Four Rules for Starting a Startup

There are more than four rules, of course. I don’t know how many there are in total. But I do know these four are important. They are what I would tell myself if I could go back five years.

And so,

Dear younger Paul,


Rule 1: Build for yourself.

He had noticed something odd about the cell phones on the market: They all stank, just like portable music players used to. “We would sit around talking about how much we hated our phones.” he recalled. (..) So Jobs and his team became excited about the prospect of building a phone that they would want to use. “That’s the best motivator of all,” Jobs later said.

From Walter Issacson’s Steve Jobs

This wasn’t an easy lesson to learn. Before founding Learndot (“Matygo” at the time), I was a Computer Science student at UBC. The school had standardized on the Blackboard Learning Management System and, like most students, I hated it. It was buggy, slow, and looked like it was designed by same team as Windows ME. In my third year I got a job as a TA and made a life-changing discovery: Instructors were just as frustrated with Blackboard as students.

This was life-changing because it’s what gave me the idea to build an alternative. It wasn’t a grand vision. I wasn’t thinking about raising money or marketing or “business development” or any of that (I knew nothing about those anyway at the time). But I did want to make my life a bit easier and since I was decent at web programming, thought I’d take a stab at building something. So I recruited my childhood friend Joe and we got to work. Nine months later, we launched version one. It wouldn’t load in IE, was brutally slow in Firefox, and crashed mobile browsers.

But we kept iterating and soon we fixed the major compatibility issues, improved performance, and added mobile apps. In two semesters we went from piloting with 200 students to serving over 10,000 students across Canada. No sales, no marketing, just two friends solving a problem they knew intimately. In retrospect, it’s crazy to think that two students built a product in nine months that beat out a billion-dollar company’s flagship solution. But software is like that. We understood our users because we were our users.

A Matygo screen from our first semester

Unfortunately, we got this right by accident. We hadn’t actually learnt the rule yet. That would change as soon as we stopped dogfooding and started waffling instead. The first problem was inevitable — Joe and I graduated. Short of starting a PhD, we had few options to maintain our personal use case. The next crisis came only a few months after graduation. We joined an accelerator and faced the reality that our product was supposed to be a business if we were going to raise money. It’s a long story, but suffice it to say that our attempts to monetize our University LMS were entirely unproductive. So we started pivoting.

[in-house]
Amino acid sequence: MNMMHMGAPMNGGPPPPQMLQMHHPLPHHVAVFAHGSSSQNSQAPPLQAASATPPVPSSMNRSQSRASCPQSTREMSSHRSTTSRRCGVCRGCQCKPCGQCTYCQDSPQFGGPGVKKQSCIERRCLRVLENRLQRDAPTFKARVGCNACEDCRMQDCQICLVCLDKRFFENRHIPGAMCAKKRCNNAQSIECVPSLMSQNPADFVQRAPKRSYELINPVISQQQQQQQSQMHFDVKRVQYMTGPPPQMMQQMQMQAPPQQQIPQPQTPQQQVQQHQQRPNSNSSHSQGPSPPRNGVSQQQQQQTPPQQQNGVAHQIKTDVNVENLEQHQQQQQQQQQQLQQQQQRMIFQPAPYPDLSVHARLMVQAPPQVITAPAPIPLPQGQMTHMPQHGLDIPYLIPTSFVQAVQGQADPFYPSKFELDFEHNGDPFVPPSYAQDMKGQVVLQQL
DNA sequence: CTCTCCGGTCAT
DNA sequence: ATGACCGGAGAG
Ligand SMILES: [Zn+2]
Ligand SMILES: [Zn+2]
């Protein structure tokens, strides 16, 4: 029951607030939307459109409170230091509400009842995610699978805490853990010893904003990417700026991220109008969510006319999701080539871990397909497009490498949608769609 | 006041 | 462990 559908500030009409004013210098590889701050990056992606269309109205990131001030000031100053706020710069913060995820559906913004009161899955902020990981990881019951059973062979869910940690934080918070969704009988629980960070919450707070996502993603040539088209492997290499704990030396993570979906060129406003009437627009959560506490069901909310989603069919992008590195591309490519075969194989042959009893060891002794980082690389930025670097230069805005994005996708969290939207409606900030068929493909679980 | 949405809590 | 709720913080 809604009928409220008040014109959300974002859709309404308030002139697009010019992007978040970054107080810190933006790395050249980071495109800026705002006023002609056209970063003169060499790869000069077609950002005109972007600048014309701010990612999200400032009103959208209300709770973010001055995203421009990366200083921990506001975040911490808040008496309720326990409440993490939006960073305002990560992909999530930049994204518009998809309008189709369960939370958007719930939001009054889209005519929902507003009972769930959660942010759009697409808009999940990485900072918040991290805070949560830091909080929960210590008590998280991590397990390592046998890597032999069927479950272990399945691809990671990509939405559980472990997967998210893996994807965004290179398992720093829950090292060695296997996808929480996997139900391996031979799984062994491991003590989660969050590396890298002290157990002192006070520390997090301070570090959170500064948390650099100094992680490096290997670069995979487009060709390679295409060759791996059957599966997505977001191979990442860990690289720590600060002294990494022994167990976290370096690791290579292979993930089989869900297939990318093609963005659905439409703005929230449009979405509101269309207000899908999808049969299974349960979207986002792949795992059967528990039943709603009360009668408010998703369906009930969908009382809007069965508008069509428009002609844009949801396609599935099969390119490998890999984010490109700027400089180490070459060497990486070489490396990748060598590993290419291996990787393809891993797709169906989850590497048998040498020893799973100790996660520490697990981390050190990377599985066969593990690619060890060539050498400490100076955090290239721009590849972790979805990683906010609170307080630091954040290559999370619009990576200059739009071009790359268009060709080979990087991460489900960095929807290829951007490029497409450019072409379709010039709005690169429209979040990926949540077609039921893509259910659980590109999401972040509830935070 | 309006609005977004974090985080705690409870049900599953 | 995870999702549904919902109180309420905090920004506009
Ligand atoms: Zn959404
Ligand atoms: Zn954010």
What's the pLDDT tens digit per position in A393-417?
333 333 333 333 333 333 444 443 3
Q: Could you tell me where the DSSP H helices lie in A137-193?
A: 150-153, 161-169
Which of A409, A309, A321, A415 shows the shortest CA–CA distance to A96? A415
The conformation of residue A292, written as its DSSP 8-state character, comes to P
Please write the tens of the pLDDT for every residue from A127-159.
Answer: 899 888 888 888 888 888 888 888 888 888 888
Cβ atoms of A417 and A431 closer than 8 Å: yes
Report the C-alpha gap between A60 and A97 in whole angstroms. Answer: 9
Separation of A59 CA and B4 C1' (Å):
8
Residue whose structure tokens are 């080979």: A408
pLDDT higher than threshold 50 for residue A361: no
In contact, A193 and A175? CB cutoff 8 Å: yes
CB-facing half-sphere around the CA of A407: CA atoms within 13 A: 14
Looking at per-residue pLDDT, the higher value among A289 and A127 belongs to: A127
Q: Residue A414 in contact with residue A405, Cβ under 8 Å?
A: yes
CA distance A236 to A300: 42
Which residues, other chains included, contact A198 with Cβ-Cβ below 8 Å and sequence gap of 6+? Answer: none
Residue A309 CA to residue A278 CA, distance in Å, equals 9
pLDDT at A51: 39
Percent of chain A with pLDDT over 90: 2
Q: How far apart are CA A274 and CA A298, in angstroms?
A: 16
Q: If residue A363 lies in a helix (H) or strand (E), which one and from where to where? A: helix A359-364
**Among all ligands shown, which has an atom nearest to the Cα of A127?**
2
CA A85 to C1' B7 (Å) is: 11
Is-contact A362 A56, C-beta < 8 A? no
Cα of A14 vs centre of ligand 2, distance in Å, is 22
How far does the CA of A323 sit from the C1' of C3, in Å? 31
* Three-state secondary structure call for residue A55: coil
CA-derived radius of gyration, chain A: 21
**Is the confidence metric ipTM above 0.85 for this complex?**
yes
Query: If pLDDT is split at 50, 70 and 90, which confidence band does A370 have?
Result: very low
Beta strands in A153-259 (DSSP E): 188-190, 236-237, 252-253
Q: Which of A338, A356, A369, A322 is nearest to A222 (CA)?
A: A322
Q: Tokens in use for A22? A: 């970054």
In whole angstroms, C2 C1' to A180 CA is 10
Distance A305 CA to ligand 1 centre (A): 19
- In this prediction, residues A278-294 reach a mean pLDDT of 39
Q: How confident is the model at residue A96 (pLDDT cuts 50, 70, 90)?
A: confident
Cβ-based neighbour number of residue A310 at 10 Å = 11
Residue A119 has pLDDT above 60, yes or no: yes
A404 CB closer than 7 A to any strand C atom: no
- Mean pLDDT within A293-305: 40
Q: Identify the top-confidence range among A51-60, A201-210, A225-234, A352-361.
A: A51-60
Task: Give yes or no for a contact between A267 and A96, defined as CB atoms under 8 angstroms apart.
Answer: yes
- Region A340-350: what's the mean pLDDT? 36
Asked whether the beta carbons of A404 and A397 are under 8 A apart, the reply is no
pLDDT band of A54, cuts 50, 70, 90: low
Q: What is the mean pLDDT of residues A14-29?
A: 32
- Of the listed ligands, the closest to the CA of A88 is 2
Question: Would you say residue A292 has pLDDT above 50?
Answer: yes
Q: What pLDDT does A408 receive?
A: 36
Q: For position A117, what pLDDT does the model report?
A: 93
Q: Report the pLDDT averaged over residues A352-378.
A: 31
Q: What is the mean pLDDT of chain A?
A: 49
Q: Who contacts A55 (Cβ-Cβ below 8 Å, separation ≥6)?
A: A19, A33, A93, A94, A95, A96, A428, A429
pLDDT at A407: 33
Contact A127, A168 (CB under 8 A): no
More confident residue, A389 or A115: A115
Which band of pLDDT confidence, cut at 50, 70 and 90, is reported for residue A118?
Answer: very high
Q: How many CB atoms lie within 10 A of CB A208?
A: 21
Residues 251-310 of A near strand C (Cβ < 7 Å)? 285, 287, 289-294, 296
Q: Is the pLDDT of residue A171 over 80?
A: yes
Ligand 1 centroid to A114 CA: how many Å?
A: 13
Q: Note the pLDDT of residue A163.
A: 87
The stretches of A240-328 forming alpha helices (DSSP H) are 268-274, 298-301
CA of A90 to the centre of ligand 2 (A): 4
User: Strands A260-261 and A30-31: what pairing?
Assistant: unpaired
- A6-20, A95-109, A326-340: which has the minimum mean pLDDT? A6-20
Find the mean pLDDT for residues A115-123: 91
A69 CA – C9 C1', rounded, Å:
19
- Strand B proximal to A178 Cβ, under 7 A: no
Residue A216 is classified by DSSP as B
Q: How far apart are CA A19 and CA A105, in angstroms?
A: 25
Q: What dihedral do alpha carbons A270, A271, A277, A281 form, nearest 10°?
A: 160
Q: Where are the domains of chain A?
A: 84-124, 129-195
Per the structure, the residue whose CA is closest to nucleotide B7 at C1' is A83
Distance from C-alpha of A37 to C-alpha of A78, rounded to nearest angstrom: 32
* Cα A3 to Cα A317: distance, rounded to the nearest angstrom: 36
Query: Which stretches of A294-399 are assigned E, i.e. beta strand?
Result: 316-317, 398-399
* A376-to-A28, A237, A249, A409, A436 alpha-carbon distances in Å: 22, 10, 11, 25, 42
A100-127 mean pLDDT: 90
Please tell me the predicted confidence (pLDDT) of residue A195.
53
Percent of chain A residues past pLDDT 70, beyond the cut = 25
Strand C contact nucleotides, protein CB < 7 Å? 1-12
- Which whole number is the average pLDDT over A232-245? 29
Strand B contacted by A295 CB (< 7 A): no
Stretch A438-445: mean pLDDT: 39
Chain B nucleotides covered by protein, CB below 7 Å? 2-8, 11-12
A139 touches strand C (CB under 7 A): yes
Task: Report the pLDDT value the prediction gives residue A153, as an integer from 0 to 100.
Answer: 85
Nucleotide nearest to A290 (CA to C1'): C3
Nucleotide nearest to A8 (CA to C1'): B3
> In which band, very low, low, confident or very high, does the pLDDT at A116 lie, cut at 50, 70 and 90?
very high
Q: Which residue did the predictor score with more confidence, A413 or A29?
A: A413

“Matygo Bucks” from a pivot into paid live online coding classes.

What followed were turbulent years of indecision and false starts. We finally found our way out of the forest by focusing on something we needed ourselves, customer education for SaaS companies. We were, after all, a SaaS company.

When you’re building a product, empathy is your compass and passion is your engine. Empathy is how accurately you feel what users feel. Passion is how badly you need to see your solution in the world. Both grow in direct proportion with how closely you connect to your product, so it’s pretty clear that there’s a simple method to nurture both: build for yourself.

  1. If you’re building a consumer product, make something you need to use yourself daily. Ask “If someone else had built this instead of me, would I still use it just as much?” If the answer is no, reset.
  2. If you’re building a business product, you need to have domain experience. Making software for fire halls? Be a part-time fireman. Building a medical records platform? I hope you worked in a hospital. And so on.

Rule 2: Ride the Wave.


“A rising tide lifts all boats” — Proverb

Tech progresses in macro waves and as each wave rumbles in, a new generation of winners are launched.

1960s-70s: Mainframes. IBM.

1980s — mid 90s: Personal Computers. Apple and Microsoft.

Late 1990s — early 00s: The Internet. Google, Yahoo, Amazon, and eBay.

Late 2000s: The Social Web. Facebook and Twitter.

Late 2000s-Present: Mobile. Uber and Lyft.

Note that none of these companies would have succeeded had they been born earlier than they were. Uber would have failed in 2001, Facebook in 1992, and Apple in 1970. Each wave opens up previously hidden opportunities for solutions to old problems. And even if you aren’t destined to be a mega-winner, getting in front of the next tsunami gives you a huge advantage. Your platform’s growth is your growth. A rising tide may lift all boats, but your boat has to be in the right ocean.

So how do you ride the wave while building for yourself? Be selective and perceptive. Then, when the right one comes, you will know.

After years of building personal gizmos, when Woz heard about the MOS 6502 processor he knew he could build the personal computer he always wanted. Jeff Bezos, a bookworm, realized in 1994 that the internet would allow for stores with 100x more inventory than brick-and-mortars, so he built himself a better bookstore. Zuckerberg, a young web programmer, started developing thefacebook to help him and his college friends connect online just as the Web was becoming truly mainstream and the dot-com hype had worn off.